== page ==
Image Source: POPSUGAR Photography / Michaella Saffer
If I have learned anything from social distancing over the past five weeks, it's that you can continue almost all of your beauty treatments at home. From laser hair removal to extravagant nail art, people are indulging in all kinds of beauty services to keep up with their normal self-care routine. So, when my boyfriend Shaun asked me to cut his hair, I understood where he was coming from. After all, tons of people are lending a hand to their partners right now, from Sarah Hyland's subtle trim on Wells Adams to Gwen Stefani's full-blown mullet on Blake Shelton. That means I could do it too, right?
Even before the shelter-in-place mandate, Shaun was overdue for a haircut, but now knowing he wouldn't be able to visit his trusted barber for a while seemed to be making him especially uneasy. He kept complaining that his hair was getting too long, and that he needed me to shave his head because he couldn't do it himself.
At first, I was really uncomfortable with the thought. What if I cut too much? Accidentally nick his ear? Or, even: what if he has a particularly odd-shaped skull under all that hair? I didn't want that much responsibility, or to make him upset if it didn't turn out the way he had envisioned. Finally, after much persuasion and him telling me, "It's just hair, it will grow back," I decided to take matters into my own hands, grab his electric trimmers, and never look back.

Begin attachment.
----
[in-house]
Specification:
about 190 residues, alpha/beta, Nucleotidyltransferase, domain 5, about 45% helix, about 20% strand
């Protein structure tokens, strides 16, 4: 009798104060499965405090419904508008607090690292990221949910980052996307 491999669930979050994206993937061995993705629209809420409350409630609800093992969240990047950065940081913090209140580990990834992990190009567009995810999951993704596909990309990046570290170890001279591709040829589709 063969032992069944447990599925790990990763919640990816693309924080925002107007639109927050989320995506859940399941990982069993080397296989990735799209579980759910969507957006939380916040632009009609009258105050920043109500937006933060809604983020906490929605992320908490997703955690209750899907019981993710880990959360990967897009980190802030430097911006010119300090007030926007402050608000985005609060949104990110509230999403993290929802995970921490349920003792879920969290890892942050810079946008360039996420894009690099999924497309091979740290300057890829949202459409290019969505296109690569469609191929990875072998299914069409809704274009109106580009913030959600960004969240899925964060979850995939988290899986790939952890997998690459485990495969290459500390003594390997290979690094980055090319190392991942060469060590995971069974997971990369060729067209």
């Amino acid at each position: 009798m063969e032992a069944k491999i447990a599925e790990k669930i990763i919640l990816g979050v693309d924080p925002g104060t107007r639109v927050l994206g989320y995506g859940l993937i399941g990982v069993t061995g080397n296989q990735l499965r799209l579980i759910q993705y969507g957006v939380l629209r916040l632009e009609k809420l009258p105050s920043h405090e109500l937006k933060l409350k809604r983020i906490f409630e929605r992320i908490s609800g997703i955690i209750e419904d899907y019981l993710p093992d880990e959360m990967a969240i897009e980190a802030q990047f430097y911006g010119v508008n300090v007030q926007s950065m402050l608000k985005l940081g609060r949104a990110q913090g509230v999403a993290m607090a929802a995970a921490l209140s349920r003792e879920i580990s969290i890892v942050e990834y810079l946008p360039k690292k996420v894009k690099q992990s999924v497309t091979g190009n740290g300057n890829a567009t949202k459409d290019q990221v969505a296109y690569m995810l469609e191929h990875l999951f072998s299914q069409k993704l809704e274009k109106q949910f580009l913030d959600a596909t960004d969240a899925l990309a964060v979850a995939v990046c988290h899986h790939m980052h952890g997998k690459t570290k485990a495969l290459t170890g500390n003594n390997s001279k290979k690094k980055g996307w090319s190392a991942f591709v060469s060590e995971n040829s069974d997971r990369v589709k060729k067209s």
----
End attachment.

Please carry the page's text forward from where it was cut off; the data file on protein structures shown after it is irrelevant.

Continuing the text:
Step 1: Set Up the Space
Since we live in a small apartment, we converted our kitchen/living room into a barbershop. I laid out all the tools needed, put a towel down under a chair, and got to work. Since we didn't have a hairstyling cape on hand (go figure), Shaun insisted on wearing a garbage bag to prevent hair from falling on his back. That didn't last long, as he immediately became hot and itchy as soon as hair started falling. He ripped off the bag off immediately.
Step 2: Section Off the Hair on Top
He instructed me to cut a "three" on the sides and the back and an "eleven" on top. (Excuse me, what?) I had to remind him that I wasn't well versed in barber's code, so he explained the numerical scale of a trimmer: low numbers provide a closer shave and higher numbers leave more hair on the head. We sectioned his hair into three pigtails on the top to ensure I wouldn't accidentally shave his entire head, since let's be honest, I had no idea what I was doing.
Step 3: Buzz the Sides
Once I started shaving Shaun's head, I realized electric trimmers are almost foolproof, and when I got into the groove, I actually enjoyed it. Sure, there were tiny hairs all over our hardwood floors, but I was now a self-proclaimed hairdresser and I needed to focus on my craft to ensure I didn't miss a single strand of hair. I became so serious about my "work" that Shaun had to physically take the trimmers away from me so I wouldn't go over his head another time.
When it was all said and done, Shaun's haircut looked good and he had no complaints. I felt proud of the work I did and told him I could become his full-time barber. (He politely declined and then ordered me pizza as my payment for a job well done.) I won't be quitting my day job to cut hair any time soon, but it's nice to know that I could help my boyfriend feel a little better about himself during this strange time.